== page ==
Inside The Courtroom When Michael Cohen Was Sentenced To Prison

NEW YORK, NY - DECEMBER 12: Michael Cohen, (R) President Donald Trump's former personal attorney and fixer, arrives with his family at federal court for his sentencing hearing, December 12, 2018 in New York City. Coh... NEW YORK, NY - DECEMBER 12: Michael Cohen, (R) President Donald Trump's former personal attorney and fixer, arrives with his family at federal court for his sentencing hearing, December 12, 2018 in New York City. Cohen is set to be sentenced by a federal judge after pleading guilty in August to several charges, including multiple counts of tax evasion, a campaign finance violation and lying to Congress. (Photo by Eduardo Munoz Alvarez/Getty Images) MORE LESS
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December 12, 2018 2:05 p.m.
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Michael Cohen’s sentencing hearing was a spectacle, with all of the attendant soaring rhetoric, talk of democracy, and tears.

The star of the affair—which was held in lower Manhattan’s Daniel Patrick Moynihan courthouse—was Cohen himself, who took the floor for a five-minute, tearful address to the court.

Apologizing to his family, the judge, and “the people of the United States,” Cohen lamented his career as a “loyal soldier to the president” and that “time and time again I felt it was my duty to carry out his dirty deeds.”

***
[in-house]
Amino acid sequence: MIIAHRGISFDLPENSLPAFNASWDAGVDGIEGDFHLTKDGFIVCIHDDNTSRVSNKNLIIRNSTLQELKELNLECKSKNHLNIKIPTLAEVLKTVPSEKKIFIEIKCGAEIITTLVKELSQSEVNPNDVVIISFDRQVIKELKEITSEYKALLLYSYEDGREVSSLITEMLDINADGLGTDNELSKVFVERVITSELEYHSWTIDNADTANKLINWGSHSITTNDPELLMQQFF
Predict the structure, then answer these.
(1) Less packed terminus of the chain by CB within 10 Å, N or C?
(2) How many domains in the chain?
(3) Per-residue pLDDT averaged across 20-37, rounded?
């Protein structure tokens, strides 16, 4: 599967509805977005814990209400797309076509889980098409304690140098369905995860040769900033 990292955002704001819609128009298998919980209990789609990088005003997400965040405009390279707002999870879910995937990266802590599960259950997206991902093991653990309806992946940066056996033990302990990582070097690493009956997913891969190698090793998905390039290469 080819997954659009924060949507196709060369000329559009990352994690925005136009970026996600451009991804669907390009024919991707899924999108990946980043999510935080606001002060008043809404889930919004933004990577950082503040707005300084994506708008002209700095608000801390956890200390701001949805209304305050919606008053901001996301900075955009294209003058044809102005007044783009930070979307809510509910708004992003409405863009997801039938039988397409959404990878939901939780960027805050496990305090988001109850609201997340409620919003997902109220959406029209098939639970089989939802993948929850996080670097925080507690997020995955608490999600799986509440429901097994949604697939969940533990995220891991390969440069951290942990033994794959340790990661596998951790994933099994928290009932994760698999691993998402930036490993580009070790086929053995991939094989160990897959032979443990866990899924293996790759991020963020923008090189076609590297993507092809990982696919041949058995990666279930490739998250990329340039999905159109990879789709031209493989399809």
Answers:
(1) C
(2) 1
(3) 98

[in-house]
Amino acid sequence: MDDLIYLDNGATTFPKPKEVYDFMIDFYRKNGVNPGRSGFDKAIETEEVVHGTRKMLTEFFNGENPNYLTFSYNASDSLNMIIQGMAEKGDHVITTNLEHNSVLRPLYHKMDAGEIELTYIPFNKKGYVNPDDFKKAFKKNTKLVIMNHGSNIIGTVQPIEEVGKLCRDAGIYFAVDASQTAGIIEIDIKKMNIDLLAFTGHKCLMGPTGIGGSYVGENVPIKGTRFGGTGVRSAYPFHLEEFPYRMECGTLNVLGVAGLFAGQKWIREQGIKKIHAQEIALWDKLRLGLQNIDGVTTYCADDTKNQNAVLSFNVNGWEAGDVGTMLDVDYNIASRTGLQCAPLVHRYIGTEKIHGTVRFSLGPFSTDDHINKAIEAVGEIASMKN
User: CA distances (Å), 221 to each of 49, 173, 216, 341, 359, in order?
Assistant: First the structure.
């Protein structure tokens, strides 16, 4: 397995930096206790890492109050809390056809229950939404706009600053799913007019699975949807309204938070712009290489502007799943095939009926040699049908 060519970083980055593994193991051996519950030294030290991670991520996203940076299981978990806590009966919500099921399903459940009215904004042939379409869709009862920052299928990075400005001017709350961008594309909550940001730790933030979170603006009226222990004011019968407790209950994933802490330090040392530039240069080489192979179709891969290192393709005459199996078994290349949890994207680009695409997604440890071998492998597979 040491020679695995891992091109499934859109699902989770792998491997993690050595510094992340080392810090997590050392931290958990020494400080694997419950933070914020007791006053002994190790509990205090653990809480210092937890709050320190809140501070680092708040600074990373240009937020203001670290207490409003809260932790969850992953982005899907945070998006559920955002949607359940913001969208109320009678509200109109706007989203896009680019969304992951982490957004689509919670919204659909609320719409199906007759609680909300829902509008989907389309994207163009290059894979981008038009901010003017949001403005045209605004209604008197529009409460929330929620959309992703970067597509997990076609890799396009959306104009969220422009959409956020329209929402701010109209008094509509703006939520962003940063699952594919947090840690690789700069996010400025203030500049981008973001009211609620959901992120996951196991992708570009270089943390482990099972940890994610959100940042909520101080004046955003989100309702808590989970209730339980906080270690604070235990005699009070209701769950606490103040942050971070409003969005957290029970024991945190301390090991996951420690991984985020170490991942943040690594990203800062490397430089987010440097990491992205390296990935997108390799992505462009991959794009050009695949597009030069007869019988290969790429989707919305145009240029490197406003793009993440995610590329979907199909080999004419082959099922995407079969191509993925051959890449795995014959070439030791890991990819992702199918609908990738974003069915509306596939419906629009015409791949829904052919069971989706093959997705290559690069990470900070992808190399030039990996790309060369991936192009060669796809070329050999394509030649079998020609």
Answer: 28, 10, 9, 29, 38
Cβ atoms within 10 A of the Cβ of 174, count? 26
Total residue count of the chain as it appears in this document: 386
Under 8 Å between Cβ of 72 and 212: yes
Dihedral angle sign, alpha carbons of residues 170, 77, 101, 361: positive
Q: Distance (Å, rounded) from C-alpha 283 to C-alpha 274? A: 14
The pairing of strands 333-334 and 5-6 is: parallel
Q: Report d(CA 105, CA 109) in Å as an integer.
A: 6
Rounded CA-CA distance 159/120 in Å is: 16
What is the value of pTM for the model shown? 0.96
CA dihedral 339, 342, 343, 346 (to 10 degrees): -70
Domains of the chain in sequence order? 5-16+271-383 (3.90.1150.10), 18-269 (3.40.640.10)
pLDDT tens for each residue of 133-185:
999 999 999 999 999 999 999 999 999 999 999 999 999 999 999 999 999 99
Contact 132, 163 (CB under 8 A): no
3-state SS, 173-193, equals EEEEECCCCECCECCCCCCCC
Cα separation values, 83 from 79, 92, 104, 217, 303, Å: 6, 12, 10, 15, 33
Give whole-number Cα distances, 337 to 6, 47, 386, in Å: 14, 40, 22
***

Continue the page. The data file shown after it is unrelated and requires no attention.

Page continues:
“It was my own weakness and blind loyalty to this man that led me to choose a path of darkness over light,” Cohen said.

But as Cohen’s defense lawyers, special counsel Robert Mueller’s team, and the Manhattan U.S. Attorney’s office agreed, this case wasn’t just about the conduct of one Long Island-born lawyer. It was about misdeeds by President Donald Trump, about free and fair elections, about lawyers following the law, paying the taxes that fund our system of government, and lying to investigators probing matters of national importance.

When handing down a sentence of three years imprisonment and close to $1.6 million in fines, U.S. District Judge William Pauley said: “A significant term of imprisonment is fully justified in this highly publicized case to send a message.”

Cohen’s 83-year-old father, a wheelchair-bound Holocaust survivor and retired doctor, buried his head in his hands as the sentence was announced. Maurice Cohen sat at the end of row packed with other black fur-and-lace clad family members and friends of Cohen, including his wife Laura Shusterman and their two children, who escorted him into the courtroom.

Cohen’s attorney, Guy Petrillo, asked that his client be allowed to surrender voluntarily, and Pauley suggested a date of March 6, 2019.

This brief, businesslike conclusion to the day’s events came after the government and Cohen’s attorney’s made impassioned pleas to Pauley to heed their arguments.

On one side was Petrillo, who stressed Cohen’s “courage” in cooperating with Mueller given the possibility that Trump could have come in and shut the entire probe down.